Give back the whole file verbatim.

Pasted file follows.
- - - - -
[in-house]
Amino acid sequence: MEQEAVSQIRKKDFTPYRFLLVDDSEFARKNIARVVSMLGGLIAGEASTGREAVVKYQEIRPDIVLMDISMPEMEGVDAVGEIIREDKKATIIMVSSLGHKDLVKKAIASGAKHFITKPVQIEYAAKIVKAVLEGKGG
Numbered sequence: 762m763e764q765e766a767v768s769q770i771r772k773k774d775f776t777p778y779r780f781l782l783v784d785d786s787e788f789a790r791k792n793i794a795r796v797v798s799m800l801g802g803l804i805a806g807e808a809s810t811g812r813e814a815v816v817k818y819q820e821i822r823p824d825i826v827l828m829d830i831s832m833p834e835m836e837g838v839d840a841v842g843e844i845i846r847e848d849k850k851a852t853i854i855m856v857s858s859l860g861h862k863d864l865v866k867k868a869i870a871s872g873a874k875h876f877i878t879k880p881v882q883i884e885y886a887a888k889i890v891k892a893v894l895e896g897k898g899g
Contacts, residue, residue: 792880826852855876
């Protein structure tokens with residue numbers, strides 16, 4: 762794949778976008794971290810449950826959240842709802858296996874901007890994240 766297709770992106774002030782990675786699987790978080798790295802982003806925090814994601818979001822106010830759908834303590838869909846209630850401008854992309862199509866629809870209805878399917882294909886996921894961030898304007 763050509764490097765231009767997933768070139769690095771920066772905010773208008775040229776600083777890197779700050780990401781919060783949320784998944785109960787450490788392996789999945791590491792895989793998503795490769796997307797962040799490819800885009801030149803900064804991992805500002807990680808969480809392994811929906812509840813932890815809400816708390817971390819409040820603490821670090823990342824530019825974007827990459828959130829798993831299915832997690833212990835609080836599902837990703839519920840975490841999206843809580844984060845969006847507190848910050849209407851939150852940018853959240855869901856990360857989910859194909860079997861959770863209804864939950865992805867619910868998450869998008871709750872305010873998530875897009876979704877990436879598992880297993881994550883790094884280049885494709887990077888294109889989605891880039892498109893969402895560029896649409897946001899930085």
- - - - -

[in-house]
Amino acid sequence: MEQEAVSQIRKKDFTPYRFLLVDDSEFARKNIARVVSMLGGLIAGEASTGREAVVKYQEIRPDIVLMDISMPEMEGVDAVGEIIREDKKATIIMVSSLGHKDLVKKAIASGAKHFITKPVQIEYAAKIVKAVLEGKGG
Numbered sequence: 762m763e764q765e766a767v768s769q770i771r772k773k774d775f776t777p778y779r780f781l782l783v784d785d786s787e788f789a790r791k792n793i794a795r796v797v798s799m800l801g802g803l804i805a806g807e808a809s810t811g812r813e814a815v816v817k818y819q820e821i822r823p824d825i826v827l828m829d830i831s832m833p834e835m836e837g838v839d840a841v842g843e844i845i846r847e848d849k850k851a852t853i854i855m856v857s858s859l860g861h862k863d864l865v866k867k868a869i870a871s872g873a874k875h876f877i878t879k880p881v882q883i884e885y886a887a888k889i890v891k892a893v894l895e896g897k898g899g
Contacts, residue, residue: 792880826852855876
């Protein structure tokens with residue numbers, strides 16, 4: 762794949778976008794971290810449950826959240842709802858296996874901007890994240 766297709770992106774002030782990675786699987790978080798790295802982003806925090814994601818979001822106010830759908834303590838869909846209630850401008854992309862199509866629809870209805878399917882294909886996921894961030898304007 763050509764490097765231009767997933768070139769690095771920066772905010773208008775040229776600083777890197779700050780990401781919060783949320784998944785109960787450490788392996789999945791590491792895989793998503795490769796997307797962040799490819800885009801030149803900064804991992805500002807990680808969480809392994811929906812509840813932890815809400816708390817971390819409040820603490821670090823990342824530019825974007827990459828959130829798993831299915832997690833212990835609080836599902837990703839519920840975490841999206843809580844984060845969006847507190848910050849209407851939150852940018853959240855869901856990360857989910859194909860079997861959770863209804864939950865992805867619910868998450869998008871709750872305010873998530875897009876979704877990436879598992880297993881994550883790094884280049885494709887990077888294109889989605891880039892498109893969402895560029896649409897946001899930085």